For the Birds Radio Program: White-throated Sparrow

Original Air Date: May 1, 2002

White-throated Sparrows, the chipmunks of the bird world, are beautiful and tuneful enough to inspire us to look for other sparrows.

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Transcript

One of my favorite sights of spring migration is a gathering of sparrows under the trees in my backyard. I scatter sunflower and white millet seeds on the ground there, and somehow word spreads among the sparrows. A couple of weeks ago juncos and Fox Sparrows were the dominant species-dozens of them hopping and scratching on the lawn. Now White-throated Sparrows are the order of the day. White-throats are the chipmunks of the bird world. They’re the size and rich brown color of chipmunks, and their head and back stripes enhance the illusion. Whether they’re earnestly scratching the ground, scurrying from one spot to another, or hopping from one branch to another in my brush pile, chipmunks and White-throated Sparrows look alike, act alike, and eat many of the same foods. All in all, they share pretty much the same niche in the forest, scrounging for seeds and insects on the ground, and hiding out in low branches and dense shrubs.

I saw my very first White-throated Sparrows on April 12, 1975, in Natural Bridge, Virginia. I was a brand-new birdwatcher that spring, scared of making mistakes identifying tricky groups of birds, and at first glance, the dozen pages of sparrows in the field guide were VERY daunting. But then I saw my first white-throats. My very first sight was of a gorgeous male with bold white stripes on his head, a distinctive yellow mark between his beak and his eyes, and the white throat that gives the species its name. I saw some tan-striped ones, too-they weren’t as bold and striking, but had enough of the markings that they weren’t too hard to identify. Proud as I was of identifying my first sparrows by their plumage, when I heard my first White-throated Sparrow song, I was even more captivated. Such a long, pretty and distinctive phrase, and then I read that the mnemonic for the song was, “Old Sam Peabody Peabody Peabody,” I was amazed at how easily I could hear that. Later that spring I saw and heard white-throats in my in-law’s yard in Chicago, and in the Morton Arboretum, and was shocked that I’d never heard something so distinctive yet apparently common before. Taking up birding made me realize that there were beautiful things all around me that I had never noticed before.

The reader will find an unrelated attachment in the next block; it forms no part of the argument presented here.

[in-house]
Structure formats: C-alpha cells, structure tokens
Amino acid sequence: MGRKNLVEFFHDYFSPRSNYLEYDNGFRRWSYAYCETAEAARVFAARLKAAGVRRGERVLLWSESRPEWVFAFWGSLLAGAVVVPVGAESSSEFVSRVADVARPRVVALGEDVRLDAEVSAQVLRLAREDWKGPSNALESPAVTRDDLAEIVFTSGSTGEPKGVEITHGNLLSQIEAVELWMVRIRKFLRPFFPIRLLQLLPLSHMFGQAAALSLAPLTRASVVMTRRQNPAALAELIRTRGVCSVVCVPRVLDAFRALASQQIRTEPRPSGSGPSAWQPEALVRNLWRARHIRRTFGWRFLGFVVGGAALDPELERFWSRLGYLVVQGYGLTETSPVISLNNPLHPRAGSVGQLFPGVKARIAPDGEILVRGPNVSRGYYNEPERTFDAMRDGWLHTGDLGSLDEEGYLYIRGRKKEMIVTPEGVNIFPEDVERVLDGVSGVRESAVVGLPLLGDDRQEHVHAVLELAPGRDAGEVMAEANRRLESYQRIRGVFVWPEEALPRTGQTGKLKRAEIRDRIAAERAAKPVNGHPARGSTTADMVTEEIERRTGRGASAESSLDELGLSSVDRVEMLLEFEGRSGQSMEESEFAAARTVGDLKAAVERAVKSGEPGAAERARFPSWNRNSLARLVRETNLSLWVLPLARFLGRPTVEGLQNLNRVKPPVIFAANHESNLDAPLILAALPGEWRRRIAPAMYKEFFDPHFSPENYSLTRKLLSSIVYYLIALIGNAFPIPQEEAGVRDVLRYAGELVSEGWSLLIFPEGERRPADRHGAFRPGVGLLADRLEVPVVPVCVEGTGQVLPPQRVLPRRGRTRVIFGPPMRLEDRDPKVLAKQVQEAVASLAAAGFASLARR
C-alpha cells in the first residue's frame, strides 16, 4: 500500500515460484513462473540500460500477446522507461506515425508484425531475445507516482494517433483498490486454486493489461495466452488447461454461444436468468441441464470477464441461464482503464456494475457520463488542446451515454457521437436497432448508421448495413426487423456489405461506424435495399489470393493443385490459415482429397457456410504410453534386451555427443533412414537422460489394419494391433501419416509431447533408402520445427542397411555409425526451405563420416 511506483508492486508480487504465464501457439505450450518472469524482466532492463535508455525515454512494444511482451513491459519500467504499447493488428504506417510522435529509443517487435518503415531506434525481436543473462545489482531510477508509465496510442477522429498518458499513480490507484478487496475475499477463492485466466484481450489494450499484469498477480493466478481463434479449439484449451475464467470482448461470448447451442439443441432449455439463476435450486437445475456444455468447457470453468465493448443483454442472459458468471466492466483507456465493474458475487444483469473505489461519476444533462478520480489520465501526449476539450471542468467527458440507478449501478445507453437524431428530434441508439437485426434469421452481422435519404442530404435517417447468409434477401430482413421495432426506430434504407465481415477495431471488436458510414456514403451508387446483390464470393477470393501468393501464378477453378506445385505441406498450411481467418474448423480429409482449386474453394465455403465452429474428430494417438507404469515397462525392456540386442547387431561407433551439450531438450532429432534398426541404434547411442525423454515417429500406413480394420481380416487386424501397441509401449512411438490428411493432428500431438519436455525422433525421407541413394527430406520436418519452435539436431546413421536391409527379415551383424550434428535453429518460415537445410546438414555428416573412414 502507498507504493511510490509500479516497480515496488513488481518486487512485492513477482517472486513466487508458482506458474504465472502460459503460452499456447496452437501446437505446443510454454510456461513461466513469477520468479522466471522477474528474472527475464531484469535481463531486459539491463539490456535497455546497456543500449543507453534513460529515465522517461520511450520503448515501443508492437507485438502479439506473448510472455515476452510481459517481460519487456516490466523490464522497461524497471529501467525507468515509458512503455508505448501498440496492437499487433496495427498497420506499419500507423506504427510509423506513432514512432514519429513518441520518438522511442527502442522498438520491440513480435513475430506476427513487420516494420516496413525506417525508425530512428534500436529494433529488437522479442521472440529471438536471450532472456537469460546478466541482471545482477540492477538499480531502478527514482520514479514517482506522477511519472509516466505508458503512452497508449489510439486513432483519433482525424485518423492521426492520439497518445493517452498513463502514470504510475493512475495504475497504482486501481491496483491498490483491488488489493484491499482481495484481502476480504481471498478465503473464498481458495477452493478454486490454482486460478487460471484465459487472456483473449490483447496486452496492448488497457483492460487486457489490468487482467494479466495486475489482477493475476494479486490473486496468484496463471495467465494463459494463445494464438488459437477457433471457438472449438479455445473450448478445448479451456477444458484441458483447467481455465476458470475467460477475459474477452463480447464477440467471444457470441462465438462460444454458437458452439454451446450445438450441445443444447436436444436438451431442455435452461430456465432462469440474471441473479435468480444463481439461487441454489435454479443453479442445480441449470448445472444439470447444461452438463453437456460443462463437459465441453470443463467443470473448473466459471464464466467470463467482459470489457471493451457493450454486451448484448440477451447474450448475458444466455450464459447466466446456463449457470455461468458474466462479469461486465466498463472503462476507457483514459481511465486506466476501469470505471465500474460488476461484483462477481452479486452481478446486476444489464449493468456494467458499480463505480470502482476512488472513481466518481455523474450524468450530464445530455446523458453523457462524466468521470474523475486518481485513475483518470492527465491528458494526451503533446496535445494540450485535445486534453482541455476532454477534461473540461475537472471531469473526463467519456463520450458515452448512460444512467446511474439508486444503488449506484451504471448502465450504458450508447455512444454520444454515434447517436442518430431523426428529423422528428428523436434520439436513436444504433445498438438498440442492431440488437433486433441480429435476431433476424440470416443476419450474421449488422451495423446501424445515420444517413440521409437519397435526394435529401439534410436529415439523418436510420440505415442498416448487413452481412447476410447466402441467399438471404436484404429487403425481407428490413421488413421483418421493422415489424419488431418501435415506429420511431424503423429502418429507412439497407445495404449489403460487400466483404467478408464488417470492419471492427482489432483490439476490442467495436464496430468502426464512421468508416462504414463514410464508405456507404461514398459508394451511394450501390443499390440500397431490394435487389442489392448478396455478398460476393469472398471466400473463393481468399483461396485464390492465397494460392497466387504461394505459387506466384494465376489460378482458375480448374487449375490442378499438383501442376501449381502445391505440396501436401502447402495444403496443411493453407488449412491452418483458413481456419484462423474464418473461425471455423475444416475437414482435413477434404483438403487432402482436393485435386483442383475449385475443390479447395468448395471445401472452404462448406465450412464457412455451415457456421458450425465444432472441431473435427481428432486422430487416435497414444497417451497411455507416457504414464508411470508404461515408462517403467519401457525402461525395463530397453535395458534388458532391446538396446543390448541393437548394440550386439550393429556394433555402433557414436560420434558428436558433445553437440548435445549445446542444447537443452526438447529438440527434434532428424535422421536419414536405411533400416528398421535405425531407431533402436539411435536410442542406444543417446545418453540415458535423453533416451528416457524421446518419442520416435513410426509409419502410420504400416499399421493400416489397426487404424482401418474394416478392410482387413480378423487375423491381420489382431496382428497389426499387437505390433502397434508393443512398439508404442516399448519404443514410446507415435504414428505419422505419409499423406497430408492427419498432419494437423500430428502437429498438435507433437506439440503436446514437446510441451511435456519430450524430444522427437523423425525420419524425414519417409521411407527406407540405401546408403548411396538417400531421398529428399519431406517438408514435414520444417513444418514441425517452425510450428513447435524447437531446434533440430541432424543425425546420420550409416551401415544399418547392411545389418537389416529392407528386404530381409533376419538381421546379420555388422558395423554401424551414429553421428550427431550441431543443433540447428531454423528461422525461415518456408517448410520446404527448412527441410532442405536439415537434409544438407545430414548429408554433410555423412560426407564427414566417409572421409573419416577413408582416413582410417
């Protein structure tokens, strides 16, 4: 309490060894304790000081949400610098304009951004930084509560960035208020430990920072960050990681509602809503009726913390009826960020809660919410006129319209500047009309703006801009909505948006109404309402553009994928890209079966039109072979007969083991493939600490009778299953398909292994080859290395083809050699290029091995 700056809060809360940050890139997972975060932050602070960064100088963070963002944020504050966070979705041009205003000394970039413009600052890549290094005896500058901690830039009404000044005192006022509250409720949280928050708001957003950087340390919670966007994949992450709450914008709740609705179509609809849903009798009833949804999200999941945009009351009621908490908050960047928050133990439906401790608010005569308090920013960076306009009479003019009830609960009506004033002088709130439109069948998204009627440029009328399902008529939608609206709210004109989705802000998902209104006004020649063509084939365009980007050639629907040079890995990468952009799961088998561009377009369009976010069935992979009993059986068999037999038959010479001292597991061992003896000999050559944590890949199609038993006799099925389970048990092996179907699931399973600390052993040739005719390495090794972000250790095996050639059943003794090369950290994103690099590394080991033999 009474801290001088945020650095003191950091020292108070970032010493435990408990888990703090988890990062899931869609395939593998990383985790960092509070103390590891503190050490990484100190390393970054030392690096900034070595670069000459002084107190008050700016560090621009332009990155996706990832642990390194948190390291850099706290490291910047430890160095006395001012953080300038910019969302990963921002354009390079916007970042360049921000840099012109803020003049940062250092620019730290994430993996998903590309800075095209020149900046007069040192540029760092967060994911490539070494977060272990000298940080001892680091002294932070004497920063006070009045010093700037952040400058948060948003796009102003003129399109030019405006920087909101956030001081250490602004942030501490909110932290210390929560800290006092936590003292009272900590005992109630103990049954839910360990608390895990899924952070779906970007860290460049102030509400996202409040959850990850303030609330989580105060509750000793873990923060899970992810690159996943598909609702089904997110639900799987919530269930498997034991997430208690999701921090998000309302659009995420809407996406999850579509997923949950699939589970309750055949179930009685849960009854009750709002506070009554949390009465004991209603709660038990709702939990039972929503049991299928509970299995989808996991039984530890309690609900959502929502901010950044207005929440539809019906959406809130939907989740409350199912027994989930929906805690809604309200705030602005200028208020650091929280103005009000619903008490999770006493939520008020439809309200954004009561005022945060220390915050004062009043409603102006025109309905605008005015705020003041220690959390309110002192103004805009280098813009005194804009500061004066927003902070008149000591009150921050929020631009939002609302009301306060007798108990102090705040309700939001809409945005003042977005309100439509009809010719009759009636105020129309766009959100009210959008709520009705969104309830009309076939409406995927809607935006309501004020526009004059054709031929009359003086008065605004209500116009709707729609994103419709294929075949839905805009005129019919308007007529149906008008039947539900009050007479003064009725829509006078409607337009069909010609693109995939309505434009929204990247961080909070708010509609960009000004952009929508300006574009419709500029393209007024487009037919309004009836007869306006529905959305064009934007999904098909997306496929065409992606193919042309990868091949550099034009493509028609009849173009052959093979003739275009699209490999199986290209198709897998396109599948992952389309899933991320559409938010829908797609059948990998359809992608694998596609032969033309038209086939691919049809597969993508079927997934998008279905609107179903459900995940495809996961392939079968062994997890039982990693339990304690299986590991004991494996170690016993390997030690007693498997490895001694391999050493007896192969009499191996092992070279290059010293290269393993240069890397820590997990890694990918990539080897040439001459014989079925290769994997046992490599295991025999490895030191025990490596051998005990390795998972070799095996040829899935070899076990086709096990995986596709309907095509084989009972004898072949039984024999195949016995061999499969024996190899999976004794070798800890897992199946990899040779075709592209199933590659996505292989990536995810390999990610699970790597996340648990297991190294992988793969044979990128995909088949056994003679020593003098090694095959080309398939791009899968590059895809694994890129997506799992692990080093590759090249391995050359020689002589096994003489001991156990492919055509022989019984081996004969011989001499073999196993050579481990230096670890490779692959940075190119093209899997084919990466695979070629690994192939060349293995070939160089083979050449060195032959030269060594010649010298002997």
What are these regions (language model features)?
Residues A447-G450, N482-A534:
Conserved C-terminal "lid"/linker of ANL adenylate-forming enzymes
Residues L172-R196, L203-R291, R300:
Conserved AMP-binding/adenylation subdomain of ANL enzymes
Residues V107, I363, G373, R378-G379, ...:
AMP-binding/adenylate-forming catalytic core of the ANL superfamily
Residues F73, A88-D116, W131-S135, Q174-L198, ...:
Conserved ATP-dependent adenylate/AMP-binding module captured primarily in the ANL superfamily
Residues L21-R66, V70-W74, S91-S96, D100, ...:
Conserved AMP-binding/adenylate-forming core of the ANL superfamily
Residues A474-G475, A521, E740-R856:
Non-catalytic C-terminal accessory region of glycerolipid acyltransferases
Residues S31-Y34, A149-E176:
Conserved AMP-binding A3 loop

Seeing my first white-throats inspired me to look closely at the other sparrows in the field guide. Within weeks I’d identified my first song sparrows, chipping sparrows, and white¬≠ crowned sparrows, and by the end of the year had brought my sparrow list up to 10 species. Other sparrows had trickier songs to learn than the Peabody bird’s, but little by little I mastered them, and again was surprised to learn that I’d been overlooking many of their songs my entire life. These common birds live among us, bringing subtle beauty and lovely songs to our world, yet are easy to overlook if we’re not paying attention.

Sparrows are soulful, homey birds, the color of the earth they’re rooted to. And simply by virtue of their being here, they make this little planet a more soulful, homey place for us to live.